What is Spinal Osteotomy?
Spinal osteotomy is a surgical procedure used to treat significant spinal deformity, sometimes as part of a spinal reconstruction. During spinal osteotomy, one or more pieces of bone are removed. This creates a curve, allowing for proper realignment of the spine.
There are three major types of spinal osteotomy. In order of amount of bone removed, they are:
- Smith-Peterson osteotomy or SPO, which offers a small amount of correction and is often performed on multiple levels of the spine. This procedure is the least invasive, removing a small piece of bone from the back of the vertebra.
- Pedicle subtraction osteotomy or PSO, which is often used in the lower back for the treatment of flatback syndrome, a condition in which the lower spine loses its natural curve. A slice or wedge of bone going through the entire vertebral column is removed, allowing more movement for repositioning.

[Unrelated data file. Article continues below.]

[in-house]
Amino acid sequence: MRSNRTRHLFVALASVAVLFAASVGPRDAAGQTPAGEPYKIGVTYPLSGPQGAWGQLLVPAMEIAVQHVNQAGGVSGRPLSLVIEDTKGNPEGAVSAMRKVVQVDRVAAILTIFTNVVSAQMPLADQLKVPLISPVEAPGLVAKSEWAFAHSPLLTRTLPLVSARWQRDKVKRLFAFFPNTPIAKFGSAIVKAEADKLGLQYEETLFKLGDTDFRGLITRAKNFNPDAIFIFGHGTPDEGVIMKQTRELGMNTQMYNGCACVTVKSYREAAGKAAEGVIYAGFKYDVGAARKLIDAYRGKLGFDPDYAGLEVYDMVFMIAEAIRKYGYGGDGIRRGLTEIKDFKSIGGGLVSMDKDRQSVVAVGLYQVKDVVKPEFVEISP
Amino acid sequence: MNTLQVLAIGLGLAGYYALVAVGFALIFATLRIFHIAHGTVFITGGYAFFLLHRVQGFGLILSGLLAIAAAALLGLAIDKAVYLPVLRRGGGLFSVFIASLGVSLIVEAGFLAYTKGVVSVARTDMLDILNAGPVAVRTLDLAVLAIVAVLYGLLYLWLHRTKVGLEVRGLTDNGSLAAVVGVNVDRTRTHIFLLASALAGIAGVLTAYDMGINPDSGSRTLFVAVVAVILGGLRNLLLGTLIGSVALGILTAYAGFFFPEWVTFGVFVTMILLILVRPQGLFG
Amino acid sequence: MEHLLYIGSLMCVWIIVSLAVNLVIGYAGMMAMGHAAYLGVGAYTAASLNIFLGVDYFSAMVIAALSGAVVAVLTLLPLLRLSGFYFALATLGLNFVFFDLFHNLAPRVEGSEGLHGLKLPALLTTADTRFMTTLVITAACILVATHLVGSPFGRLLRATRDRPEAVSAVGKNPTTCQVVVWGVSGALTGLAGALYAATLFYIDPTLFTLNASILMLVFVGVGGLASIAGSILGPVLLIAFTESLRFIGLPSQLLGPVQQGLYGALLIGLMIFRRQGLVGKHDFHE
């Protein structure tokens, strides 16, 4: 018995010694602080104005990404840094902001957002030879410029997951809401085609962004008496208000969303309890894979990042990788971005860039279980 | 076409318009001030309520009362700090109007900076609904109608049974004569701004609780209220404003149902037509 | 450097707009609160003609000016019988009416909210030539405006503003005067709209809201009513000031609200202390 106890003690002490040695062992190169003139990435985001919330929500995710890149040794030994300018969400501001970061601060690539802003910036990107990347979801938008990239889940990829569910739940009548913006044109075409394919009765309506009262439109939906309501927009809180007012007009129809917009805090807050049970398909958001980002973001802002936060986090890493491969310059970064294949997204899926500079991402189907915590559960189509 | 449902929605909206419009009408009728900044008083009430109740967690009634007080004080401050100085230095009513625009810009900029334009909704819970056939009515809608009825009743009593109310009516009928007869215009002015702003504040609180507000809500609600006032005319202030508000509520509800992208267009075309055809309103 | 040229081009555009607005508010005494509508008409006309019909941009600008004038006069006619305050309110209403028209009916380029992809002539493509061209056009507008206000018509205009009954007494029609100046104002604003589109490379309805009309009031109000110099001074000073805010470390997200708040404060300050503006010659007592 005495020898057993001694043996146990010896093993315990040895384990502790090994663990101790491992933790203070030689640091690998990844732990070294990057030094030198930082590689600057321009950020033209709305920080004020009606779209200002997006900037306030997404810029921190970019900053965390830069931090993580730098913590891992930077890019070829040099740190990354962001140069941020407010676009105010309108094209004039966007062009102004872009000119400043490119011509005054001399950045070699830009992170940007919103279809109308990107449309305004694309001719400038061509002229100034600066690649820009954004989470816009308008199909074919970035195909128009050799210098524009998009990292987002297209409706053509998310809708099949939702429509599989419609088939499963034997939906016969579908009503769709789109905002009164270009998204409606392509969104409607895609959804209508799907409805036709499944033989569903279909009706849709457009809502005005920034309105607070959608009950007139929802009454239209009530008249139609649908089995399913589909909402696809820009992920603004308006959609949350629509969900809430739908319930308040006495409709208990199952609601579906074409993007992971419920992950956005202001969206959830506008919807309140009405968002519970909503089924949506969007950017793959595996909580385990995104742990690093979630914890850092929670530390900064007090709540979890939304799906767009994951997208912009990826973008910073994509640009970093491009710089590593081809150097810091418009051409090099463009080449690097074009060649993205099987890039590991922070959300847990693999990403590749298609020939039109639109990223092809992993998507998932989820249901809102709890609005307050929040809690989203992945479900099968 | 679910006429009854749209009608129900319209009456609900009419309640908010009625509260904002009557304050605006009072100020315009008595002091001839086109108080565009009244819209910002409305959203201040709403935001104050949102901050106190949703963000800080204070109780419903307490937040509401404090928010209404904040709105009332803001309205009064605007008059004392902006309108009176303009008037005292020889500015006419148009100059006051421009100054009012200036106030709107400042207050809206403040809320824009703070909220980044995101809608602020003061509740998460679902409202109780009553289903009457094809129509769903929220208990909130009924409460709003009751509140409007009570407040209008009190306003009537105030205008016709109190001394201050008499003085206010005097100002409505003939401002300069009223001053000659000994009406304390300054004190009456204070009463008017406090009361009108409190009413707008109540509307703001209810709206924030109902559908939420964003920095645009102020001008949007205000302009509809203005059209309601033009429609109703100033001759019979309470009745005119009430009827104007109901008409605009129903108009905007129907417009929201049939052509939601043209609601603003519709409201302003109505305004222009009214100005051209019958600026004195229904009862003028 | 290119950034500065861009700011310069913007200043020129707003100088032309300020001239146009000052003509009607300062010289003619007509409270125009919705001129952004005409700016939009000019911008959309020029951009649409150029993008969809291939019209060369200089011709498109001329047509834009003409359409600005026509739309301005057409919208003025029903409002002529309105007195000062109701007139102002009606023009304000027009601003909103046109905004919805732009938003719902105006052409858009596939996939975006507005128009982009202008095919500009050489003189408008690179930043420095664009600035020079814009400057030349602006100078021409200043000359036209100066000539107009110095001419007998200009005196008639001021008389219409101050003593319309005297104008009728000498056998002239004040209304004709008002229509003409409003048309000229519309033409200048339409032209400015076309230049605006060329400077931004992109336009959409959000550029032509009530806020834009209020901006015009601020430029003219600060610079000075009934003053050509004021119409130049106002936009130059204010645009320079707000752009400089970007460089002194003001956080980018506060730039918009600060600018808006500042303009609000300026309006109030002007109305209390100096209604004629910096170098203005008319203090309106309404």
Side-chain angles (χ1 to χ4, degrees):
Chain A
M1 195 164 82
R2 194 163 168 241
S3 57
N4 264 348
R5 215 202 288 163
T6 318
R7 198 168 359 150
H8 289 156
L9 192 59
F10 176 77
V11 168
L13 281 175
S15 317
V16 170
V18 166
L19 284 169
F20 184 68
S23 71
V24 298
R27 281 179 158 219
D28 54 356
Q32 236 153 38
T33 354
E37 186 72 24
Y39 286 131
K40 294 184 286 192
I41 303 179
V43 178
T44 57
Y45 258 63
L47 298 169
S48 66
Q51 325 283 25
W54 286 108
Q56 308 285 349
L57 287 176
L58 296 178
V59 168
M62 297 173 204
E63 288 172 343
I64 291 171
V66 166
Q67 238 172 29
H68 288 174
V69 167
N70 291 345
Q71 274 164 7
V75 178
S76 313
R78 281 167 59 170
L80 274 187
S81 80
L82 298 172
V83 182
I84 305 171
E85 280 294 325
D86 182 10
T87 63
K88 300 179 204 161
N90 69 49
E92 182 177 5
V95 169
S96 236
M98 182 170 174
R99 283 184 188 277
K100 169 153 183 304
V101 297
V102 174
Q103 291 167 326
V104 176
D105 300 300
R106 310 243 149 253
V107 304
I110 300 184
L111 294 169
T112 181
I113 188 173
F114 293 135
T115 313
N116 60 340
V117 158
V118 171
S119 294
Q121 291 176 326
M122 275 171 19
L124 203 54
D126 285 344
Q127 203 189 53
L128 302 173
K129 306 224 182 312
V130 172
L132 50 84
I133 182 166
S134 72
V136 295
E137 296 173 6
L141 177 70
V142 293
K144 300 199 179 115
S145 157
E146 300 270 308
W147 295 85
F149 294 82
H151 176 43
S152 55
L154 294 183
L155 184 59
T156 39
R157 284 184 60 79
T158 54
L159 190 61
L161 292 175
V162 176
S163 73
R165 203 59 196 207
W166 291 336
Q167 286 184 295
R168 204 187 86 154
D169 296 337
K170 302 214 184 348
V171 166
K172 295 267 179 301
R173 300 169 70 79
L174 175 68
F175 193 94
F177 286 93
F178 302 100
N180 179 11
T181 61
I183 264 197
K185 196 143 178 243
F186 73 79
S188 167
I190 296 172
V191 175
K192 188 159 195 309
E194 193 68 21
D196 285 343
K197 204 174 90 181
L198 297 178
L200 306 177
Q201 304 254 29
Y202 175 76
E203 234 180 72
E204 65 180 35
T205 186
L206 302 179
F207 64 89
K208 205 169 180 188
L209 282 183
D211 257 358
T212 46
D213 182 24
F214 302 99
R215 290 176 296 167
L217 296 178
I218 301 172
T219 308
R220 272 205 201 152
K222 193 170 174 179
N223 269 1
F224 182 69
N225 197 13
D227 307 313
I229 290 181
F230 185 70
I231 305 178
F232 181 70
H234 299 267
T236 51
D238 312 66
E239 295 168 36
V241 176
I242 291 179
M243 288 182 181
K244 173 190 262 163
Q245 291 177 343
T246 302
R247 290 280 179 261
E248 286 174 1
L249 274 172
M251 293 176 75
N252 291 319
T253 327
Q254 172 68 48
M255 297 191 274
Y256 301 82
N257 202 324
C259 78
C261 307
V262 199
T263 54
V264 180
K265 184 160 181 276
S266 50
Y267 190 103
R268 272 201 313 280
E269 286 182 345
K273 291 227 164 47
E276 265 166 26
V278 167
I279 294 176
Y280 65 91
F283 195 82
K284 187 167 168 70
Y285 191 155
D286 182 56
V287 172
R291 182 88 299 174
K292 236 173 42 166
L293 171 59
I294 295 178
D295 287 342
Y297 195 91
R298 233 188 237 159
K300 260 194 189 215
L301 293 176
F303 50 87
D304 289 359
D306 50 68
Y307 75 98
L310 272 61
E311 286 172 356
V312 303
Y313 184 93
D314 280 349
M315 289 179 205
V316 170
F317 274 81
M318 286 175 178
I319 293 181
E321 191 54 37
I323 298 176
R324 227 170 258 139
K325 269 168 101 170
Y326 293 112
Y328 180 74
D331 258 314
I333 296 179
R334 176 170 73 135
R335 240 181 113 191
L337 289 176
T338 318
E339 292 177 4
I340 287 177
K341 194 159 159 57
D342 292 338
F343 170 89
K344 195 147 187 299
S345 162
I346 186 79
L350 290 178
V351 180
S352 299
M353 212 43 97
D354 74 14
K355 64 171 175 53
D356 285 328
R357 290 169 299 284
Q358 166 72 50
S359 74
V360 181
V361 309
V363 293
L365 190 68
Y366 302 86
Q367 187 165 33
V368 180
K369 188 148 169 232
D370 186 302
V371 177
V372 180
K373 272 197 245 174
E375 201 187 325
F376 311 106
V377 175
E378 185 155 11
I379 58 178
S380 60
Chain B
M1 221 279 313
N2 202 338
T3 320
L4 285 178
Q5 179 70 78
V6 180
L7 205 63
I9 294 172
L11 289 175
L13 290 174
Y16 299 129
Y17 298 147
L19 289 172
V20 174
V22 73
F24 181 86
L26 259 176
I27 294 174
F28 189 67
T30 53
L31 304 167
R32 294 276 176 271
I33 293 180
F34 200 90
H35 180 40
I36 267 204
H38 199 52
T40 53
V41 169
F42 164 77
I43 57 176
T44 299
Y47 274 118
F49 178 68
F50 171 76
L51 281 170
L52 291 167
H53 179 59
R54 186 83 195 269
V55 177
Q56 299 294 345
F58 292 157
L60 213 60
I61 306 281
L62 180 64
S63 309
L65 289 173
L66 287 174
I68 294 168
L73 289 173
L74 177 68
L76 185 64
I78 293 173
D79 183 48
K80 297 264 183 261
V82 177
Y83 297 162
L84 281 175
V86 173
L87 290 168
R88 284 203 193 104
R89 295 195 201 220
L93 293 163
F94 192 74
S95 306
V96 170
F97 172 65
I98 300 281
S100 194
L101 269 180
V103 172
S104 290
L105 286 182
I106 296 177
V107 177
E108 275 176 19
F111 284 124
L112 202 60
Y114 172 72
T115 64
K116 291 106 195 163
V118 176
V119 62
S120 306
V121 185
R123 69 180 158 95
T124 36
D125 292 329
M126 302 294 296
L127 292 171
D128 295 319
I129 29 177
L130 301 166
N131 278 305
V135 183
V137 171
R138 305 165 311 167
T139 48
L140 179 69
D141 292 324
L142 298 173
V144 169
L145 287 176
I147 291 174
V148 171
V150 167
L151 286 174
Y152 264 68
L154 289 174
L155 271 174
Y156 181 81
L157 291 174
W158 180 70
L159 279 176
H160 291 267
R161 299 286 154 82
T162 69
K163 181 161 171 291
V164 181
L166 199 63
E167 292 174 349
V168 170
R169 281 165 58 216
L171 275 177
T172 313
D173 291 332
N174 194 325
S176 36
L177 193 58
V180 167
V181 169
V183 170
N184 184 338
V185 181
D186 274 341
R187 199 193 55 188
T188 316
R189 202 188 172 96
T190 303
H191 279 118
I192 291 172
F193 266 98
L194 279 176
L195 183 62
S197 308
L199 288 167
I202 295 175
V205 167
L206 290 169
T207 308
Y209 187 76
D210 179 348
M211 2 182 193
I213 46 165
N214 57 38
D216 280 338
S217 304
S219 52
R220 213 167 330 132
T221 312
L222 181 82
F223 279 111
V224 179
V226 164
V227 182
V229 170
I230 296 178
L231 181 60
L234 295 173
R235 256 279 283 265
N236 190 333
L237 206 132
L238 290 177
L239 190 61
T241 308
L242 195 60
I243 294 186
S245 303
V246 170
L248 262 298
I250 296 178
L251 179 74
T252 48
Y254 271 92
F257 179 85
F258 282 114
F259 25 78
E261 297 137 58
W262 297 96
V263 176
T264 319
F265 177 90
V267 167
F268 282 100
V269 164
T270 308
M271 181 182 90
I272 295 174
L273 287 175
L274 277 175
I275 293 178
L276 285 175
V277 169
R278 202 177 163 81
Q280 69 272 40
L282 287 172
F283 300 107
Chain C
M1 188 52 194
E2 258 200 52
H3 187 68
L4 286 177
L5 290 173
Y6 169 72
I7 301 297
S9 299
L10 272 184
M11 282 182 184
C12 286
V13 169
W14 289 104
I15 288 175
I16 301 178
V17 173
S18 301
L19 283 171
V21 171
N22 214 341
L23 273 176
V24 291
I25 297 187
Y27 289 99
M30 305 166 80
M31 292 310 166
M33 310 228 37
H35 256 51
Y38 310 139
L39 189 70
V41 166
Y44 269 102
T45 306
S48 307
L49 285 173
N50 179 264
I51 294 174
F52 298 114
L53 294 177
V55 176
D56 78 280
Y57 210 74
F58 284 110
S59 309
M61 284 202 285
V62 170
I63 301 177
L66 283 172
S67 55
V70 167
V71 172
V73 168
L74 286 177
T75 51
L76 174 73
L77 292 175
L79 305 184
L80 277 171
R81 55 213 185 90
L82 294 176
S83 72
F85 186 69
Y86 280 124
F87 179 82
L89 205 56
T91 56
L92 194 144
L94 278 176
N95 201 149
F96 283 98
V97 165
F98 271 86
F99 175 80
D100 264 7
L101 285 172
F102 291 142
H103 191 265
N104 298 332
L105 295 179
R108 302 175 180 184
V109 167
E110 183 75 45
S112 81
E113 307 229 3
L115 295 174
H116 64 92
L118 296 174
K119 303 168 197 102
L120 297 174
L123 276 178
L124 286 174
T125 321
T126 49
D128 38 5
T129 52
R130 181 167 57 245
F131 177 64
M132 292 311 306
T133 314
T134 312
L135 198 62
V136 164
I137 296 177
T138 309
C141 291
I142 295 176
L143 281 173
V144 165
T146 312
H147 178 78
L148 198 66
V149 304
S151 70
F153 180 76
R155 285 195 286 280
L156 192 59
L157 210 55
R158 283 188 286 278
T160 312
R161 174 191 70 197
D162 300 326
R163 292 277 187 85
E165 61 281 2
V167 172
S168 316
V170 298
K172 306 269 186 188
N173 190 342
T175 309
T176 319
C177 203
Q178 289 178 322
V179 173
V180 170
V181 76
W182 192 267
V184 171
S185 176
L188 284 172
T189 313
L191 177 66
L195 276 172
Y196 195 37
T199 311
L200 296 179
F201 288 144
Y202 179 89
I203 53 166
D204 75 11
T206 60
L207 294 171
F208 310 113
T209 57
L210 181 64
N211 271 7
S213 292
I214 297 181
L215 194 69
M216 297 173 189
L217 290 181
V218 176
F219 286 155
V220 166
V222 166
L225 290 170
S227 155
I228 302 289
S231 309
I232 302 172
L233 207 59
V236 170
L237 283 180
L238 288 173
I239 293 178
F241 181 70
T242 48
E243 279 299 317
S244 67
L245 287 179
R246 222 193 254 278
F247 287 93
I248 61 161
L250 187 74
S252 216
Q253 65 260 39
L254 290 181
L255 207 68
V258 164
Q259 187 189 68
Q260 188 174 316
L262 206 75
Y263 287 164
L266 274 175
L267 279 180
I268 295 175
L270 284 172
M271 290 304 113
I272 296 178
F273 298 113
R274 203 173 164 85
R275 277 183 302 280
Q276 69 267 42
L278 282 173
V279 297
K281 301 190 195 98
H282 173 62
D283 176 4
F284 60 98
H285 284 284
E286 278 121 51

- Vertebral column resection or VCR, which is the most involved spinal osteotomy surgery. It is almost always performed as part of a spinal reconstruction. One or more entire vertebrae are removed, and the spine is fused into place with rods or screws.
After surgery, it is common to stay in the hospital for several days. Recovery can be slow, and you will likely need help doing regular activities for the first few weeks. Lifting objects and bending or twisting, such as when getting out of bed or into a car, will be extremely difficult at first. Physical therapy can help you heal and move. Most daily activities can be resumed after six weeks, and most patients return to full activity, including playing certain sports, within a year.
Although the recovery from spinal osteotomy can be significant, it can be quite effective at reducing pain. Correcting a spinal deformity can also improve appearance and self-esteem, increase balance, and improve stability when moving.